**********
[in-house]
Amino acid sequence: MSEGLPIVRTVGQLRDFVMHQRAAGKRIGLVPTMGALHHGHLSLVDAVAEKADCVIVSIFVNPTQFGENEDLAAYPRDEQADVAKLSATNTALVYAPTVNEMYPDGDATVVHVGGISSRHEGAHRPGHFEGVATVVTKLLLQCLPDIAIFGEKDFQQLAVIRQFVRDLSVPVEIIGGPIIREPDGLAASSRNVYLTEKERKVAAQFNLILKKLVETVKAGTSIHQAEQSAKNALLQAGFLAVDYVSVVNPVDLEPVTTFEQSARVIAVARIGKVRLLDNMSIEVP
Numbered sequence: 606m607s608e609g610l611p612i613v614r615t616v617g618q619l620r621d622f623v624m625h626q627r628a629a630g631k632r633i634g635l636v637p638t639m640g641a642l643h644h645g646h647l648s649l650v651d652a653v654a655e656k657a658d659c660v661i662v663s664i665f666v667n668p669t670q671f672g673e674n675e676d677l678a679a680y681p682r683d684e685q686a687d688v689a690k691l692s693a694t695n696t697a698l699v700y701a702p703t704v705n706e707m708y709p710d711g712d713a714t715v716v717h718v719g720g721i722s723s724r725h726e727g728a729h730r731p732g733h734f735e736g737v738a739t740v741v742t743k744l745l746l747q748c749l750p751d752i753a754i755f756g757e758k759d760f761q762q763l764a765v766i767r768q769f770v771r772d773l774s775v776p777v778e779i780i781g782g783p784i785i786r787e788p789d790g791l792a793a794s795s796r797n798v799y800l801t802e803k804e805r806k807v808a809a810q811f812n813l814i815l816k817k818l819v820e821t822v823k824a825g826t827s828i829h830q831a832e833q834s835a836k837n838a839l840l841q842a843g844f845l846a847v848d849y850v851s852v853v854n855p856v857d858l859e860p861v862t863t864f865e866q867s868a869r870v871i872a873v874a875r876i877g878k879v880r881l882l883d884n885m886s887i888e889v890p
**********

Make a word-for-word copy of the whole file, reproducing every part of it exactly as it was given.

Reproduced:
[in-house]
Amino acid sequence: MSEGLPIVRTVGQLRDFVMHQRAAGKRIGLVPTMGALHHGHLSLVDAVAEKADCVIVSIFVNPTQFGENEDLAAYPRDEQADVAKLSATNTALVYAPTVNEMYPDGDATVVHVGGISSRHEGAHRPGHFEGVATVVTKLLLQCLPDIAIFGEKDFQQLAVIRQFVRDLSVPVEIIGGPIIREPDGLAASSRNVYLTEKERKVAAQFNLILKKLVETVKAGTSIHQAEQSAKNALLQAGFLAVDYVSVVNPVDLEPVTTFEQSARVIAVARIGKVRLLDNMSIEVP
Numbered sequence: 606m607s608e609g610l611p612i613v614r615t616v617g618q619l620r621d622f623v624m625h626q627r628a629a630g631k632r633i634g635l636v637p638t639m640g641a642l643h644h645g646h647l648s649l650v651d652a653v654a655e656k657a658d659c660v661i662v663s664i665f666v667n668p669t670q671f672g673e674n675e676d677l678a679a680y681p682r683d684e685q686a687d688v689a690k691l692s693a694t695n696t697a698l699v700y701a702p703t704v705n706e707m708y709p710d711g712d713a714t715v716v717h718v719g720g721i722s723s724r725h726e727g728a729h730r731p732g733h734f735e736g737v738a739t740v741v742t743k744l745l746l747q748c749l750p751d752i753a754i755f756g757e758k759d760f761q762q763l764a765v766i767r768q769f770v771r772d773l774s775v776p777v778e779i780i781g782g783p784i785i786r787e788p789d790g791l792a793a794s795s796r797n798v799y800l801t802e803k804e805r806k807v808a809a810q811f812n813l814i815l816k817k818l819v820e821t822v823k824a825g826t827s828i829h830q831a832e833q834s835a836k837n838a839l840l841q842a843g844f845l846a847v848d849y850v851s852v853v854n855p856v857d858l859e860p861v862t863t864f865e866q867s868a869r870v871i872a873v874a875r876i877g878k879v880r881l882l883d884n885m886s887i888e889v890p